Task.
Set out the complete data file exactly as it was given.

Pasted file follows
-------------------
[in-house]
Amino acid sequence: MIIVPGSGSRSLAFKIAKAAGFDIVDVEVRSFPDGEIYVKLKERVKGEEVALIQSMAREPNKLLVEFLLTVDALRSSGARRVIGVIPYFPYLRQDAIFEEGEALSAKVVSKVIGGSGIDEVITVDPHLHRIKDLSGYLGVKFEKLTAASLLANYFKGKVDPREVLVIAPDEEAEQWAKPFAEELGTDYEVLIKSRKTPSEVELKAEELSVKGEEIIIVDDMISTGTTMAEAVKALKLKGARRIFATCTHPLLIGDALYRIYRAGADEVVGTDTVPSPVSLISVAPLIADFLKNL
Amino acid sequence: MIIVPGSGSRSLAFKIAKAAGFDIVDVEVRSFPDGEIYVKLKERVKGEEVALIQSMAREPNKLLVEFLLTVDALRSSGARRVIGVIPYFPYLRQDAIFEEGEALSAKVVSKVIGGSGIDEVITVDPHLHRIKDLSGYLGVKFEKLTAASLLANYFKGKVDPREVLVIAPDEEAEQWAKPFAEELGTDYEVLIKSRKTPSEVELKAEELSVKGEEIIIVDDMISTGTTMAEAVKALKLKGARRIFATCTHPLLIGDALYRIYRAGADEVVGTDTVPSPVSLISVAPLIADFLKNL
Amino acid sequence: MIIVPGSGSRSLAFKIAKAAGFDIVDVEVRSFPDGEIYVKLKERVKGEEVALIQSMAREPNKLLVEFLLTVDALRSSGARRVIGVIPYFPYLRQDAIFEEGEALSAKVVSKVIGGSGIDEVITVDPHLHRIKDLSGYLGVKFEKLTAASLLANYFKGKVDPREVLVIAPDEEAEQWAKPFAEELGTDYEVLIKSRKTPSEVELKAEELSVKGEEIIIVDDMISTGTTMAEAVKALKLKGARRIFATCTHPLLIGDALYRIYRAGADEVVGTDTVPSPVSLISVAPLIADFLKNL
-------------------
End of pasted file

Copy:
[in-house]
Amino acid sequence: MIIVPGSGSRSLAFKIAKAAGFDIVDVEVRSFPDGEIYVKLKERVKGEEVALIQSMAREPNKLLVEFLLTVDALRSSGARRVIGVIPYFPYLRQDAIFEEGEALSAKVVSKVIGGSGIDEVITVDPHLHRIKDLSGYLGVKFEKLTAASLLANYFKGKVDPREVLVIAPDEEAEQWAKPFAEELGTDYEVLIKSRKTPSEVELKAEELSVKGEEIIIVDDMISTGTTMAEAVKALKLKGARRIFATCTHPLLIGDALYRIYRAGADEVVGTDTVPSPVSLISVAPLIADFLKNL
Amino acid sequence: MIIVPGSGSRSLAFKIAKAAGFDIVDVEVRSFPDGEIYVKLKERVKGEEVALIQSMAREPNKLLVEFLLTVDALRSSGARRVIGVIPYFPYLRQDAIFEEGEALSAKVVSKVIGGSGIDEVITVDPHLHRIKDLSGYLGVKFEKLTAASLLANYFKGKVDPREVLVIAPDEEAEQWAKPFAEELGTDYEVLIKSRKTPSEVELKAEELSVKGEEIIIVDDMISTGTTMAEAVKALKLKGARRIFATCTHPLLIGDALYRIYRAGADEVVGTDTVPSPVSLISVAPLIADFLKNL
Amino acid sequence: MIIVPGSGSRSLAFKIAKAAGFDIVDVEVRSFPDGEIYVKLKERVKGEEVALIQSMAREPNKLLVEFLLTVDALRSSGARRVIGVIPYFPYLRQDAIFEEGEALSAKVVSKVIGGSGIDEVITVDPHLHRIKDLSGYLGVKFEKLTAASLLANYFKGKVDPREVLVIAPDEEAEQWAKPFAEELGTDYEVLIKSRKTPSEVELKAEELSVKGEEIIIVDDMISTGTTMAEAVKALKLKGARRIFATCTHPLLIGDALYRIYRAGADEVVGTDTVPSPVSLISVAPLIADFLKNL